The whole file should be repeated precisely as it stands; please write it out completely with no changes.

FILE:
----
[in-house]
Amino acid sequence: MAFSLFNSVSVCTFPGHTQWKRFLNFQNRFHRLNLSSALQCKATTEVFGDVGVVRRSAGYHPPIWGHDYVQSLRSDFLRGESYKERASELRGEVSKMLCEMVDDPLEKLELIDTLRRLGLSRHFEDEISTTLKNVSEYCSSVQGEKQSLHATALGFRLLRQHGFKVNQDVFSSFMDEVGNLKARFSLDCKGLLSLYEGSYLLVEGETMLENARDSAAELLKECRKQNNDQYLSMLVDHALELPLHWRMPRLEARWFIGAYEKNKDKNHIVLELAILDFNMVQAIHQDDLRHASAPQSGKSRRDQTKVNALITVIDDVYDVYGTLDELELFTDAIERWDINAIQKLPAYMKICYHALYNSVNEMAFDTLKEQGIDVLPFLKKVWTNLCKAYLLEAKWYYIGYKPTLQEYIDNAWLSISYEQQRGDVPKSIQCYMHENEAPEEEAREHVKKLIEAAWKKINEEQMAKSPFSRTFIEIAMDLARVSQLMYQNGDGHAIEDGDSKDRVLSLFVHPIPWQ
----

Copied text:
[in-house]
Amino acid sequence: MAFSLFNSVSVCTFPGHTQWKRFLNFQNRFHRLNLSSALQCKATTEVFGDVGVVRRSAGYHPPIWGHDYVQSLRSDFLRGESYKERASELRGEVSKMLCEMVDDPLEKLELIDTLRRLGLSRHFEDEISTTLKNVSEYCSSVQGEKQSLHATALGFRLLRQHGFKVNQDVFSSFMDEVGNLKARFSLDCKGLLSLYEGSYLLVEGETMLENARDSAAELLKECRKQNNDQYLSMLVDHALELPLHWRMPRLEARWFIGAYEKNKDKNHIVLELAILDFNMVQAIHQDDLRHASAPQSGKSRRDQTKVNALITVIDDVYDVYGTLDELELFTDAIERWDINAIQKLPAYMKICYHALYNSVNEMAFDTLKEQGIDVLPFLKKVWTNLCKAYLLEAKWYYIGYKPTLQEYIDNAWLSISYEQQRGDVPKSIQCYMHENEAPEEEAREHVKKLIEAAWKKINEEQMAKSPFSRTFIEIAMDLARVSQLMYQNGDGHAIEDGDSKDRVLSLFVHPIPWQ